ADDIS ABABA – Africa could expand its economy by a staggering $1.5 trillion dollars, by capturing just 10% of the speedily growing artificial intelligence (AI) market, set to reach $15.7 trillion by 2030, said Vera Songwe, Executive Secretary of the Economic Commission for Africa (ECA).
Songwe said this while addressing several ministers and other participants at the third Africa Regional Science, Technology and Innovation Forum (ARSTI2021), through the Director of the Technology, Climate Change and Natural Resource Development Division of ECA, Jean Paul Adam.
“AI growth can help in creating additional high value and decent jobs, diminish poverty, increase the productivity of firms, preserve the environment and foster better living conditions,” she added.
“Research has shown that AI has the potential to solve some of the most pressing challenges facing Africa and drive sustainable development in agriculture, health, infrastructure, financial and public services and climate change,” Songwe maintained.
ECA’s Executive Secretary said the Republic of Congo, which is hosting the Forum in situ in Brazzaville and online, finds itself in a special sub-region, blessed with natural capital, such as huge forests.
However, these forests have been disproportionately depleted, in comparison to those of other parts of the world, partly due to climate change. Artificial intelligence, she argued, could enhance already existing technologies which have been used to tackle COVID-19, to solve such climate change problems.
The imminent creation of an African Artificial Intelligence Research Centre in Brazzaville, Congo, with support from ECA, could give momentum to this new movement in Africa.
Léon Juste Ibombo, Congo’s Minister of Posts, Telecommunications and Digital Economy, praised ECA for its background work towards establishing the Centre, which, he said, “demonstrates Africa is innovative and uninhibited.”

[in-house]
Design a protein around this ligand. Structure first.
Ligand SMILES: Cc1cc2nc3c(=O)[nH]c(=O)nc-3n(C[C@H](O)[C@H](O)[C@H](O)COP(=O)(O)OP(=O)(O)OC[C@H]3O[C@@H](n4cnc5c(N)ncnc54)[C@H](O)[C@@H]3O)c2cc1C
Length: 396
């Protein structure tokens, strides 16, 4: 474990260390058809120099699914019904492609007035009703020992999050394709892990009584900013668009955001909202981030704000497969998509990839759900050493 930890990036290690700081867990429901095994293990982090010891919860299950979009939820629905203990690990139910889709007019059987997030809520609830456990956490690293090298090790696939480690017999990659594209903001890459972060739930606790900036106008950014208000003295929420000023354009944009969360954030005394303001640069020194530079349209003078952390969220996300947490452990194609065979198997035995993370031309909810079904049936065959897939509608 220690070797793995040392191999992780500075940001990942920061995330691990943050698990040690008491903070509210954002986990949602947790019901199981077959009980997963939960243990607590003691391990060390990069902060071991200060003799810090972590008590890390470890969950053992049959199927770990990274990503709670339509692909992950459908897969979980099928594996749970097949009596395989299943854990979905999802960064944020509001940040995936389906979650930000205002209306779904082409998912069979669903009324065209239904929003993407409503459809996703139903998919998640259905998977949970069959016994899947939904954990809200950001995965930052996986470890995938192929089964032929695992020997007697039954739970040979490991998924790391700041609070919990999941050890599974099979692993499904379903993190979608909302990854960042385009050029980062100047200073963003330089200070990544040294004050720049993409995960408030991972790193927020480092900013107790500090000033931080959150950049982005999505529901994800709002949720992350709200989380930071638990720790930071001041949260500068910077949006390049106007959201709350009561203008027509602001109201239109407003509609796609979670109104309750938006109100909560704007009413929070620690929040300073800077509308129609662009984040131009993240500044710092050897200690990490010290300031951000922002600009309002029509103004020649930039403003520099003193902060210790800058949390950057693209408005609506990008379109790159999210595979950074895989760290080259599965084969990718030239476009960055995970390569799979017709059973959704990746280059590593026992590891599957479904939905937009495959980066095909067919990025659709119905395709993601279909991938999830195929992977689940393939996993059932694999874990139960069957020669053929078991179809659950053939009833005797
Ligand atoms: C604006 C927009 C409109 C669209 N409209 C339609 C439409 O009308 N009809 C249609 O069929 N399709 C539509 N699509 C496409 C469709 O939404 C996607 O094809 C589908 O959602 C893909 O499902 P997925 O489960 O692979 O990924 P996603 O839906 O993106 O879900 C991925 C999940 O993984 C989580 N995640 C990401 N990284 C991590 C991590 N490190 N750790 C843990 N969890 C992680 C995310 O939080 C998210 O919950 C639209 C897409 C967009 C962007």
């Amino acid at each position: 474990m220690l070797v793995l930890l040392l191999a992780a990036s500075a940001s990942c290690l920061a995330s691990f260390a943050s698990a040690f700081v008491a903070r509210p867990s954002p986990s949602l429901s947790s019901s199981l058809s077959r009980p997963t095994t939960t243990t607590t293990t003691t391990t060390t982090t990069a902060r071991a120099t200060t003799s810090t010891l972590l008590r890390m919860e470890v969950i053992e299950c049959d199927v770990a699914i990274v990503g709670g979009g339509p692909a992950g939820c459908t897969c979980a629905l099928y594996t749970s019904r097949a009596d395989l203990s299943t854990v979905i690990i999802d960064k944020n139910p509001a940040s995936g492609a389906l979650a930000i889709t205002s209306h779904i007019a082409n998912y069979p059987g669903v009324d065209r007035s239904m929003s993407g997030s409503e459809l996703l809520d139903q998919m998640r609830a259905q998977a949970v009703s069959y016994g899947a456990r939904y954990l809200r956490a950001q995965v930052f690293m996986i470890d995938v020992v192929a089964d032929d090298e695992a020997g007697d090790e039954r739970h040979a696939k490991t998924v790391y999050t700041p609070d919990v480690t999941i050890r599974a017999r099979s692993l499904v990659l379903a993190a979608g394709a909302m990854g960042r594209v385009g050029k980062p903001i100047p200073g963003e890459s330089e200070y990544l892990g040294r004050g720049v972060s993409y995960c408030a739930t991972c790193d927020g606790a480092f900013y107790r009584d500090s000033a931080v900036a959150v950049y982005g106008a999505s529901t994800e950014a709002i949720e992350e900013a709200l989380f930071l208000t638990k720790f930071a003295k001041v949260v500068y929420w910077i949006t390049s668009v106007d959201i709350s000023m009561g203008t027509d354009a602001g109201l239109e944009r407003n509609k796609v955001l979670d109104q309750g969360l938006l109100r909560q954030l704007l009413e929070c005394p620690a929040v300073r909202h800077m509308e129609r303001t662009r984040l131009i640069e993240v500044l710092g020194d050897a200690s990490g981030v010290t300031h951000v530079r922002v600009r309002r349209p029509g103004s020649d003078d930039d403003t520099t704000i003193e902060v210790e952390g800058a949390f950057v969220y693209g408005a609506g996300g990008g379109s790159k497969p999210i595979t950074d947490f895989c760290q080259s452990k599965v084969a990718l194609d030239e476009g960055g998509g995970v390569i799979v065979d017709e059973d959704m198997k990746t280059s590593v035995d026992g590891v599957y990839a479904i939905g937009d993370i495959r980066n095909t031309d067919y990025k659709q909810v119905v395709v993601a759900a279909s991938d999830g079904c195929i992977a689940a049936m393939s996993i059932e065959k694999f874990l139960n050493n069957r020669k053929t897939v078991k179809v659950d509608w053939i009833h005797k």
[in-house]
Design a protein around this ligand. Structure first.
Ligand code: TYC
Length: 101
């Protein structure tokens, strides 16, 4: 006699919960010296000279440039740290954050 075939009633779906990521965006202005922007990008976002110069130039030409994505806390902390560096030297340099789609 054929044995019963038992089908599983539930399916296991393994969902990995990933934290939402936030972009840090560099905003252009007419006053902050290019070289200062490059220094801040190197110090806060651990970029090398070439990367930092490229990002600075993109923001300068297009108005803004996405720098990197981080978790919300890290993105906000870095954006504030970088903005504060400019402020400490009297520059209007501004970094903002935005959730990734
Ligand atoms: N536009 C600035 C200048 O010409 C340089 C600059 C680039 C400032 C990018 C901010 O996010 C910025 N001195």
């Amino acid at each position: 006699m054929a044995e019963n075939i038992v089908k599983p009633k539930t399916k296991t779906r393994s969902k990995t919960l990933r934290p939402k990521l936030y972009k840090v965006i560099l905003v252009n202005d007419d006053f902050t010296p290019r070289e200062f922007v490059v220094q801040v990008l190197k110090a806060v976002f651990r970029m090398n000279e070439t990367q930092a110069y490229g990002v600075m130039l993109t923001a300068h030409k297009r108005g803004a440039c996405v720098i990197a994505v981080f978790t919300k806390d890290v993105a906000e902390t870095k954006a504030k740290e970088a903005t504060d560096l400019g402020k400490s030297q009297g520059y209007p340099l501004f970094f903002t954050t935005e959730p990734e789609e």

The Centre is being designed to improve the current landscape of Artificial Intelligence research in Congo and in Africa in general, to orient the use of AI to foster economic and social development, while promoting close collaboration between academia and the industrial sector in AI and robotics across Africa.
It is such investments and strong partnerships for capacity building in science, technology and innovation which would accelerate the implementation of the Sustainable Development Goals (SDGs) in Africa, according to Shamila Nair-Bedouelle, UNESCO’s Assistant Director-General for Natural Sciences.
ARSTI2021 features several debates and breakout sessions to follow-up and review of progress made since the first two sessions of 2109 and 2020.
It has also featured an innovation bootcamp for young Africans, both in person in Brazzaville and connecting from across the continent and affording them an opportunity to develop projects using skills they have learnt in relation to robotics and AI, as well as access to 3D printing technologies.
By the time the Forum rounds off on Friday, it would have identified potential mechanisms and measures that African countries could deploy to leverage STIs for achieving the Sustainable Development Goals and the Aspirations of Agenda 2063.